The prices for their tumblers seem particularly egregious: $40 for a 30 oz. and $30 for a 20 oz. The good thing about them is that they work. Several colleagues told me that they were able to keep drinks cold all day long. I received one as a Christmas gift last year and was quite impressed.
Sometime late last year I began seeing ads for a competing product by a company called RTIC. They claimed that their product was as good as the Yeti, but at half the price. The 30 oz. model could be had for $20 and the 20 oz. for $15. A YouTube video seems to confirm that the RTIC product performs as well as the Yeti.
Today a friend shared a post on Facebook that alerted me to yet another entrant into this market. Nearly-identical Ozark Trail-branded tumblers can be had from Wal-Mart for the low prices of $9.97 (30 oz.) and $7.97 (20 oz.). Currently the prices online are higher ($14.74 and $9.74, respectively) and are sold out.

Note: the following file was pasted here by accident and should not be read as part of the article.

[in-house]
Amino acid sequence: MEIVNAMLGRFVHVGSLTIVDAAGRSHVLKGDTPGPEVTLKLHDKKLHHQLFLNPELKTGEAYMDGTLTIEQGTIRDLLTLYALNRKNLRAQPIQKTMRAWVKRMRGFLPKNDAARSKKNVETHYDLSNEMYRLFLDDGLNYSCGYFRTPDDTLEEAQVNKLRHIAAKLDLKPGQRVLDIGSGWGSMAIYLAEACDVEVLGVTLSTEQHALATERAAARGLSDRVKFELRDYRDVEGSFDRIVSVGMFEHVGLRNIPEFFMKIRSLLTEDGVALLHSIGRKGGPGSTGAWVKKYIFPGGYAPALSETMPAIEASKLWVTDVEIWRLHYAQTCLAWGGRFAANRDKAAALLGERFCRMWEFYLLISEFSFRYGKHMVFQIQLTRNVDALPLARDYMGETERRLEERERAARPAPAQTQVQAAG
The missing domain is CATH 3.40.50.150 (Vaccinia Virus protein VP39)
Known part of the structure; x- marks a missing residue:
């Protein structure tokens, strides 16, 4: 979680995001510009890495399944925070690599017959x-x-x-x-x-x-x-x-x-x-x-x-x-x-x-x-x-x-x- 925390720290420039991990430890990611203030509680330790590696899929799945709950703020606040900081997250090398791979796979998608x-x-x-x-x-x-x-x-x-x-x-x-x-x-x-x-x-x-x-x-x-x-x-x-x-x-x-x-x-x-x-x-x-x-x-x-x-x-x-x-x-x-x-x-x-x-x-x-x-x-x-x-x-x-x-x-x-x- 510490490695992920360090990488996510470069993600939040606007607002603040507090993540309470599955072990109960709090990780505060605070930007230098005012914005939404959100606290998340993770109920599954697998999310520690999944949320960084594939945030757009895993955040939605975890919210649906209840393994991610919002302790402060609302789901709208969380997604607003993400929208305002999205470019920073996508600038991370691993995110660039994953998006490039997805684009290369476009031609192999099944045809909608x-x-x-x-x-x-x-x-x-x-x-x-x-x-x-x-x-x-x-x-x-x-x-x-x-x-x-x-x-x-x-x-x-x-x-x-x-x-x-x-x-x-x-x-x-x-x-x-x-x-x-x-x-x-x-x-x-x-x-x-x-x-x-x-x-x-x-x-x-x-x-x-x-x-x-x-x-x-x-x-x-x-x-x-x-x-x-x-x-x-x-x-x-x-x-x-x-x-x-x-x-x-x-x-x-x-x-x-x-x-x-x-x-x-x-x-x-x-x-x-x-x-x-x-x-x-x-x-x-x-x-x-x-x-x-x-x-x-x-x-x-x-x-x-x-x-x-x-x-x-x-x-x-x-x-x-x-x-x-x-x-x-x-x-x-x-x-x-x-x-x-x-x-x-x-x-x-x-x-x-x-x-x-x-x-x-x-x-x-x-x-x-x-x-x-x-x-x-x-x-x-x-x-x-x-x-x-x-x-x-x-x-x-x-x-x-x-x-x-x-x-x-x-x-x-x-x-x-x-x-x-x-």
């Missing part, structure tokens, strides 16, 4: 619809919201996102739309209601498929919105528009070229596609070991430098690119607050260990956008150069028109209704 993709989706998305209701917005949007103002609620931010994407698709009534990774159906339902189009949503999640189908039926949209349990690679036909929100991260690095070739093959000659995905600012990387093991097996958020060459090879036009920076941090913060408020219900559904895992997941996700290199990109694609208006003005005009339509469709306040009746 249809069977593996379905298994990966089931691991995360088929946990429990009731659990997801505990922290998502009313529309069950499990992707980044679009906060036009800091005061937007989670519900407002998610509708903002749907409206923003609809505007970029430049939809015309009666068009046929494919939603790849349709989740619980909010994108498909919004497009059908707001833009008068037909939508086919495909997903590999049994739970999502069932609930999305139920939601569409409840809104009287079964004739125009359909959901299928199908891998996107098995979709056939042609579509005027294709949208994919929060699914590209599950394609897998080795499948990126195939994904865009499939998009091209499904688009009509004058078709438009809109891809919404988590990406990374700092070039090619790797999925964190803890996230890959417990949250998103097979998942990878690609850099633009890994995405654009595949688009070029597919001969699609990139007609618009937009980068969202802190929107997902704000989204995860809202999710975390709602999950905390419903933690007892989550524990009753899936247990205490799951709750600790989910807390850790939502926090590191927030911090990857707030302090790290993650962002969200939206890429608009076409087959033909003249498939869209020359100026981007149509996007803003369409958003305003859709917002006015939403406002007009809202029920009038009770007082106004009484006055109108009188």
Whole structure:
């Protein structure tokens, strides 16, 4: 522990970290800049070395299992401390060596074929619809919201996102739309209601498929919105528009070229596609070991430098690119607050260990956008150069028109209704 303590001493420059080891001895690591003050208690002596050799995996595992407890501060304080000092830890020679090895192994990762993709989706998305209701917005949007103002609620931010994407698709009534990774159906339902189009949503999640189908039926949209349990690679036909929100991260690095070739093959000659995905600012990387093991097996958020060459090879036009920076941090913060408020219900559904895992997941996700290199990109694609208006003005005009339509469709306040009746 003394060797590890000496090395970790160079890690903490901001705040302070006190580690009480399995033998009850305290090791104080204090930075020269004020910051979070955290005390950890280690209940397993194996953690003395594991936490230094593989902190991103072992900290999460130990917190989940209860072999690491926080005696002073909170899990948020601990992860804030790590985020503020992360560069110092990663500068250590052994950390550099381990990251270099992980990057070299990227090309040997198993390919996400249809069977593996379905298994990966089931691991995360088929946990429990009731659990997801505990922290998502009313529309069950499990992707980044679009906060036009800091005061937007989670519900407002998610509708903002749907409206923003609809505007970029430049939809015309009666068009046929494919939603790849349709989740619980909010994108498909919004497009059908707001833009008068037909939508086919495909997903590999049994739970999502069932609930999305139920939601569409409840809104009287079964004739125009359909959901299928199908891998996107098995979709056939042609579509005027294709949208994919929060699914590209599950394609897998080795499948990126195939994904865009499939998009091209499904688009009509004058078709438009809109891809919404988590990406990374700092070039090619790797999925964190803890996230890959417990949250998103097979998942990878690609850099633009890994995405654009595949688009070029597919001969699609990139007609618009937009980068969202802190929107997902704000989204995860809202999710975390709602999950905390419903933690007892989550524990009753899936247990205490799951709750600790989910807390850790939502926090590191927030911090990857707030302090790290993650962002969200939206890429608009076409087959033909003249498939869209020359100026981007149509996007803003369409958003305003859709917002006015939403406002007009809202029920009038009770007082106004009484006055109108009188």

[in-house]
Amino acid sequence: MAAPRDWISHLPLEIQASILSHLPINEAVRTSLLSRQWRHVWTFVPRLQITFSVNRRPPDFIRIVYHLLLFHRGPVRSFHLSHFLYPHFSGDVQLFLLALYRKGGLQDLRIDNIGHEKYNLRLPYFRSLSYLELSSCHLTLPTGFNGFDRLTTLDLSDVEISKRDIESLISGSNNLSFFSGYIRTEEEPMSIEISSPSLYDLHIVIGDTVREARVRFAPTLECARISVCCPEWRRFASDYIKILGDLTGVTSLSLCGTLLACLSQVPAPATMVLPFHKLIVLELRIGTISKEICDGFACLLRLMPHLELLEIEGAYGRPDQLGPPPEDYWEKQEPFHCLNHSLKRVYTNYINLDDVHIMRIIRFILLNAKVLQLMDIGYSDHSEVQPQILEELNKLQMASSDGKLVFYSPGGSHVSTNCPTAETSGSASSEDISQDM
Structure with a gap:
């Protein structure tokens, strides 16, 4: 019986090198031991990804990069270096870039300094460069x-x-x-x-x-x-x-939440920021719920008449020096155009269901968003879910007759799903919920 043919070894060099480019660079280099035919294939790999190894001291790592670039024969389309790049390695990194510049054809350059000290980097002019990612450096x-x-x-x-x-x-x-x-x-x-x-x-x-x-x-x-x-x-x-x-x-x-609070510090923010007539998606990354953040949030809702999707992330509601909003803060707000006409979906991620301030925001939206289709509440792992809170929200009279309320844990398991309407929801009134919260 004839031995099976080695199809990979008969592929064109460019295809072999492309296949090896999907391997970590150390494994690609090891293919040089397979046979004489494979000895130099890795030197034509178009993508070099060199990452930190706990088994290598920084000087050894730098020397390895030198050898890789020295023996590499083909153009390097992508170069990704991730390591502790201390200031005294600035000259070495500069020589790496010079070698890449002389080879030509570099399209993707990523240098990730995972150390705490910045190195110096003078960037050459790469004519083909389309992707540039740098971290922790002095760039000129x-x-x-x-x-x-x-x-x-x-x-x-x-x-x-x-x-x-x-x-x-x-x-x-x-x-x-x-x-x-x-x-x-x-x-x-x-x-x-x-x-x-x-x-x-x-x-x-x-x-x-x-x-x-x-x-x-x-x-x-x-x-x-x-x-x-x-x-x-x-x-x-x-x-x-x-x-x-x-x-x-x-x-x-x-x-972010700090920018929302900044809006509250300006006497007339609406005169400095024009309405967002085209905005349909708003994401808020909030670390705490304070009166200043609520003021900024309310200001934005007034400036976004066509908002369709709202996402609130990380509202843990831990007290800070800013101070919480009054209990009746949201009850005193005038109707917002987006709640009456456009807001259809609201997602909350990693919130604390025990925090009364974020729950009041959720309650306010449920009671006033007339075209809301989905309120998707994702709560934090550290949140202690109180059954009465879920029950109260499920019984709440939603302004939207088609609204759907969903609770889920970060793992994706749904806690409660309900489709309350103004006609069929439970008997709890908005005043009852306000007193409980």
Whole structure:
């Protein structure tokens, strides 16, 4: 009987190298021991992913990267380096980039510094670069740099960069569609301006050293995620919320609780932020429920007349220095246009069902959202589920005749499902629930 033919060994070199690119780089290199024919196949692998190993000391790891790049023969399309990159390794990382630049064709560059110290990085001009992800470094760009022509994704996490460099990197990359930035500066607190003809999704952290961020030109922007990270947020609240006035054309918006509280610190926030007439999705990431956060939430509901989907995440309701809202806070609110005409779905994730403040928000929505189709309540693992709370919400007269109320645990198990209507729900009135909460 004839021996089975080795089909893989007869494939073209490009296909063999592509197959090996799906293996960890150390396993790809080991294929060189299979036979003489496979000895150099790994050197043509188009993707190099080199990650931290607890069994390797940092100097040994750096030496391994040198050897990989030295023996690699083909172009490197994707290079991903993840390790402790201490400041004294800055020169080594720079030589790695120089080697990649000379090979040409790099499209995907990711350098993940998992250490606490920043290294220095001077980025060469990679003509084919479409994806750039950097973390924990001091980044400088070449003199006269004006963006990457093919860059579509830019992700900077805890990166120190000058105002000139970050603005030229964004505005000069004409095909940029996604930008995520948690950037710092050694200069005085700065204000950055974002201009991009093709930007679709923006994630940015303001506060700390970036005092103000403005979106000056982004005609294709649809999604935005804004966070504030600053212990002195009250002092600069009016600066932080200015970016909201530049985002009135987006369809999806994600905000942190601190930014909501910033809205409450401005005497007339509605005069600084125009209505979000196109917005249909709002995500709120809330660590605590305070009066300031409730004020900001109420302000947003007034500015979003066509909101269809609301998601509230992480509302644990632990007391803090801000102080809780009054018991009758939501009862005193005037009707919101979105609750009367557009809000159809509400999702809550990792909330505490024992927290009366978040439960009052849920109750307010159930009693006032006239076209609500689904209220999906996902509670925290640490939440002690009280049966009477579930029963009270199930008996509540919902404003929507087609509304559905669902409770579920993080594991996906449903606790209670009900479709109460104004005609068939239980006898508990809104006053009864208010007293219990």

This is a fascinating case study on the effects of competition and innovation on prices. I have little doubt that Yeti will be able to maintain its high-priced tumblers, at least for awhile, because it has built brand recognition. Certain segments of the population will pay more either because they don't shop around or because they want to have that YETI logo on the bottom edge of the cup.
Those of us who are willing to shop around and aren't concerned about brands are, thanks to competition, able to get the same drink-cooling performance at a much lower price (from a big-box store often vilified for the negative effects it supposedly has on the working class).
It's important to remember that price theory is ultimately about what goes on in our heads, not necessarily the "objective" components of a physical good. Having the YETI logo stamped on the outside of the tumbler might not make it any better in terms of its objective performance, but those who buy YETI for the sake of YETI are certainly, from their own point of view, better off than if they had purchased the other brands' offerings.